La Fontaine, the fabulist, was buried by the side of Moliere, who died long before him. He was born July 8th, 1621, at Chateau Thierry. His father was keeper of the royal domains. While young, La Fontaine gave no promise of his after distinction. His teachers declared him to be a dunce. His father, who seems to have been an admirer of poetry, persuaded him to attempt to write verses, but he could not make a rhyme. Seeing at nineteen that he could not make a poet of his son, the old man resolved to make a priest of him. After eighteen months of trial the young man returned to society. His father then proposed that he should take the keepership of the royal domains, and marry Marie d’Hericart, the daughter of his friend. La Fontaine made no objection, though we have no evidence that he loved the girl. She was both beautiful and talented, however. The father still clung to the idea that his son could write poetry, and with a kind of prophetic instinct.
When La Fontaine was twenty-two, a French officer visited him, who was a great admirer of poetry, and who brought the poems of Malherbe. La Fontaine became excited by the poetry, or the passionate recitation, and for days did nothing but read and recite poetry. He commenced writing odes in imitation of Malherbe, and when his father beheld his first attempt, he cried for joy. The character of the poetry was certainly different from that which afterward gave him his fame. He soon discovered the secret of success. By studying the old authors, he improved his taste, and acquired a disrelish for French literature. He was very fond of the Italian authors, but not knowing Greek, he only read the Greek authors through translations made by others. He was exceedingly fond of Plato, and his favorite copy was entirely filled with annotations.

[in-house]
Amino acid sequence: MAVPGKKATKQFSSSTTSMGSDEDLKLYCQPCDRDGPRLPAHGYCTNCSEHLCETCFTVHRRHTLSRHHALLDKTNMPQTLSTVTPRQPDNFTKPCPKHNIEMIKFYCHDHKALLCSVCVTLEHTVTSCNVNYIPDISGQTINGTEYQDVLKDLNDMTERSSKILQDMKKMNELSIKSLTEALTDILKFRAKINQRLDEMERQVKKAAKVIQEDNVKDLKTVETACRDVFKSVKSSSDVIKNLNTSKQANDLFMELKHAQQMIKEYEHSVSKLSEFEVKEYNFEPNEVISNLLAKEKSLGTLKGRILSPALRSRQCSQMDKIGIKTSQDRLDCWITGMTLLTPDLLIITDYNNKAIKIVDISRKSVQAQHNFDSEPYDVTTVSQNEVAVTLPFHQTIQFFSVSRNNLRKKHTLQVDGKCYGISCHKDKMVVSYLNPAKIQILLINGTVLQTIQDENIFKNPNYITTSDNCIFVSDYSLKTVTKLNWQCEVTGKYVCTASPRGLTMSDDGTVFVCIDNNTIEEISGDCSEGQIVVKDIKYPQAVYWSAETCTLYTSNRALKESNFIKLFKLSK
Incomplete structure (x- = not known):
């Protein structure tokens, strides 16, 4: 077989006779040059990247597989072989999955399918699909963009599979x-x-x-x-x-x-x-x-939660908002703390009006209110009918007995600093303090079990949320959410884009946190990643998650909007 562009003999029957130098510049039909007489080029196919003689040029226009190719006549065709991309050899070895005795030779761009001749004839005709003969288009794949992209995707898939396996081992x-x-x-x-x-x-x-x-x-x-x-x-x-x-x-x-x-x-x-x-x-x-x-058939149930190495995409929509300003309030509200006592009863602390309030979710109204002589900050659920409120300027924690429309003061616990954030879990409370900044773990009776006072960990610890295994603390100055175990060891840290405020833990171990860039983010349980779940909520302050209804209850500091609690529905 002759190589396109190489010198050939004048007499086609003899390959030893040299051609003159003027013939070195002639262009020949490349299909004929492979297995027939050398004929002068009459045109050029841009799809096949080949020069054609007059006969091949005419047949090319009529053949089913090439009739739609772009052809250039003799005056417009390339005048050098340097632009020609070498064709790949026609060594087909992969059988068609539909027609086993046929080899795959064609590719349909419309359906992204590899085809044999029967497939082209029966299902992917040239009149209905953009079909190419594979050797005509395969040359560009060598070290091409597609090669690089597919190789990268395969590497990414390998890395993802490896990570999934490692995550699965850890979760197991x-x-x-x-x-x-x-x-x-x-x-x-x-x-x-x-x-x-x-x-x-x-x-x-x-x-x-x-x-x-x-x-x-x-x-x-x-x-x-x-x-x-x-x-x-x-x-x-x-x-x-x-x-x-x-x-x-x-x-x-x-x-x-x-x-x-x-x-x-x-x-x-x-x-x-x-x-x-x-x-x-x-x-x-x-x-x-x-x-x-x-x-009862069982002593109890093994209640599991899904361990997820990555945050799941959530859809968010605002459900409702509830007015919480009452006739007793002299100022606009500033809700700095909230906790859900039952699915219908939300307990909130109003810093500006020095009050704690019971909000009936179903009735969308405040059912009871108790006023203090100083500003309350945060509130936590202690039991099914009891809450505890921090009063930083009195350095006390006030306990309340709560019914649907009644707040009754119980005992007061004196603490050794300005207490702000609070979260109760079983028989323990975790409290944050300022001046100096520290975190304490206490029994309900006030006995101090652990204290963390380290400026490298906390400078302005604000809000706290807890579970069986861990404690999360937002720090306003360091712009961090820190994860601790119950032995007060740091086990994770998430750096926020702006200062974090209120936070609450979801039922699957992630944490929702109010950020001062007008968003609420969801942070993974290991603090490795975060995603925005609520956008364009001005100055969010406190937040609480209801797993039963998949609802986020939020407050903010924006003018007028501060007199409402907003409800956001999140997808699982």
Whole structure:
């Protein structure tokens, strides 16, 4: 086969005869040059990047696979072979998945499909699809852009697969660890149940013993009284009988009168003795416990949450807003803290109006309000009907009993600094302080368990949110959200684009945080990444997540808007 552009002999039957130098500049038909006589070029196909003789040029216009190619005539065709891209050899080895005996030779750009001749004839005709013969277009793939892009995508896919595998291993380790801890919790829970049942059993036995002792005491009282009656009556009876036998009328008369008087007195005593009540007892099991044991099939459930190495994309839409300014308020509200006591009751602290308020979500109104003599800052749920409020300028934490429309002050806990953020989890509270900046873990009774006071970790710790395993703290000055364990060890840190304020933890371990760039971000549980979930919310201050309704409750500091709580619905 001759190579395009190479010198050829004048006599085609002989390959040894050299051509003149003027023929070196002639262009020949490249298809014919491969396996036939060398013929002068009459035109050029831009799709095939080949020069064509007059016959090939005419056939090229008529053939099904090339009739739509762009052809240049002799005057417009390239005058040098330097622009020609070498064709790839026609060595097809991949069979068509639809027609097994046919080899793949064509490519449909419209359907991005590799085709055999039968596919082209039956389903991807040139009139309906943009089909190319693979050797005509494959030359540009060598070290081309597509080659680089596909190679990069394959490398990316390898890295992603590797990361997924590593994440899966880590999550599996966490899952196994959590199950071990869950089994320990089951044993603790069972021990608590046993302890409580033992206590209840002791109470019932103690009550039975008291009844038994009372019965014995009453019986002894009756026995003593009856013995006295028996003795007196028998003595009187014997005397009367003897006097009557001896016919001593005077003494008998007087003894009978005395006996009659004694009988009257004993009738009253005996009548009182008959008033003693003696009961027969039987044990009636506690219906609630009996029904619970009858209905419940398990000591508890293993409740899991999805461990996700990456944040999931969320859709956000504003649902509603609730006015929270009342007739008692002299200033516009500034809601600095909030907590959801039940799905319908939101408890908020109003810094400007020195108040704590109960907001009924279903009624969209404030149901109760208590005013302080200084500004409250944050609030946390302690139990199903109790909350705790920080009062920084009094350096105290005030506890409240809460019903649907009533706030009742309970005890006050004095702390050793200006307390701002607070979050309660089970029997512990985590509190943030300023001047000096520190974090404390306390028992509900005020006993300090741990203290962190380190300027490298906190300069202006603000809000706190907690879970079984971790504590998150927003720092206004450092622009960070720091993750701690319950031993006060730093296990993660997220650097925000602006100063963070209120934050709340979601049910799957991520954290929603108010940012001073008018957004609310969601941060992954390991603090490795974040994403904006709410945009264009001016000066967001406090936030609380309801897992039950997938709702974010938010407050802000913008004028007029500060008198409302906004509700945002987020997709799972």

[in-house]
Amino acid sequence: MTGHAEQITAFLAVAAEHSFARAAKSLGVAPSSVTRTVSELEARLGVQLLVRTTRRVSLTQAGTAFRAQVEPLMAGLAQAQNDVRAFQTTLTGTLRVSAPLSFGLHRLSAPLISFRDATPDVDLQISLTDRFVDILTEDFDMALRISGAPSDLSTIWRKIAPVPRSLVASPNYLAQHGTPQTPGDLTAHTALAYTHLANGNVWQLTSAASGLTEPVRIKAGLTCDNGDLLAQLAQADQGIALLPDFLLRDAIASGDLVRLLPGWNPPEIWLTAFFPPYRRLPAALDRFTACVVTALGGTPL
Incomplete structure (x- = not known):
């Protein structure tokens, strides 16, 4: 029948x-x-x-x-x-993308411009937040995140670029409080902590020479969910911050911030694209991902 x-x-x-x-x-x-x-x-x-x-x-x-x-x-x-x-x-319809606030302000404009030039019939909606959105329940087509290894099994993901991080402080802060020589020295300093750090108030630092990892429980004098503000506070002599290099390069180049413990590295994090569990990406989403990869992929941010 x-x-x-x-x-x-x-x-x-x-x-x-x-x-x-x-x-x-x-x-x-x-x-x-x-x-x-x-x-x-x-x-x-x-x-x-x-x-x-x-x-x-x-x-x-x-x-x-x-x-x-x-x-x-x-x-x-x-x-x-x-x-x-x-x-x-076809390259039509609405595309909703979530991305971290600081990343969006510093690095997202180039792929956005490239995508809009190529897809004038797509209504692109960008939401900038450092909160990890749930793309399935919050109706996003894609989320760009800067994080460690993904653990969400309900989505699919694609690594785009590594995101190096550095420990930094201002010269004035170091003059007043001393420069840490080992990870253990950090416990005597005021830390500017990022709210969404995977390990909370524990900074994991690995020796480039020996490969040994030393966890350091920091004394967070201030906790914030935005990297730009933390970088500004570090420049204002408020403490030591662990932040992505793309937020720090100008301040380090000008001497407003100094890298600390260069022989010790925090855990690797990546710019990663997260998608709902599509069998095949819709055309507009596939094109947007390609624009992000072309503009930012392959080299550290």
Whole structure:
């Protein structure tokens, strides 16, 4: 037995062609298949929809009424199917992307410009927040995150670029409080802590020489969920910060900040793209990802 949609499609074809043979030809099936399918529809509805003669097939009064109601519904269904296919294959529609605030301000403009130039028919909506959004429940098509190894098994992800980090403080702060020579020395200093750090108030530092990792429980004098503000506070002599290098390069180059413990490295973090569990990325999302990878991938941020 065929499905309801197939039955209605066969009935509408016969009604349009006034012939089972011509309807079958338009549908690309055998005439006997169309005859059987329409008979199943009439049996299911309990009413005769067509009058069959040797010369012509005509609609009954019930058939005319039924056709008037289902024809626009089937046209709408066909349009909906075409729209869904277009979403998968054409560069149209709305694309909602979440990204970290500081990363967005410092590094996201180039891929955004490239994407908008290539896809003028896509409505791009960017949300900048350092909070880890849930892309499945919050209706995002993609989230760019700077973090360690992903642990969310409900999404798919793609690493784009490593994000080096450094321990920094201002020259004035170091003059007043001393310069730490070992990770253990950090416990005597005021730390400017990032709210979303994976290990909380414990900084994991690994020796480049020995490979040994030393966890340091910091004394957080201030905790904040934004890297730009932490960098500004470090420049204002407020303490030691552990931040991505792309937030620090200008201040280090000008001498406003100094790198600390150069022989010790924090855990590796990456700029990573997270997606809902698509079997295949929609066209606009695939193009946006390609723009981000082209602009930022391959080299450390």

La Fontaine remained for several years at Thierry, indolent, except in his reading, and neglecting his business and his family. His “Adonis” was written at this time. His good nature and simplicity are well illustrated by an anecdote which is told of him. An officer was in the constant habit of visiting his house, and his friends told him that the reputation of Madame La Fontaine was compromised, and that nothing was left but for him to challenge the officer to a duel. Now the fabulist cared little for madame, and less for his own reputation in connection with hers; but he believed his friends, and so after a great effort shook off his indolence, and early one morning went to the officer, who was in bed, and demanded that he should rise at once and go out to mortal combat. The officer rose and followed him, and easily disarmed him. An explanation followed. The friends of La Fontaine had been joking him, and when the officer declared that he would never cross the threshold of Thierry again, La Fontaine told him that thenceforth he should come more frequently than ever.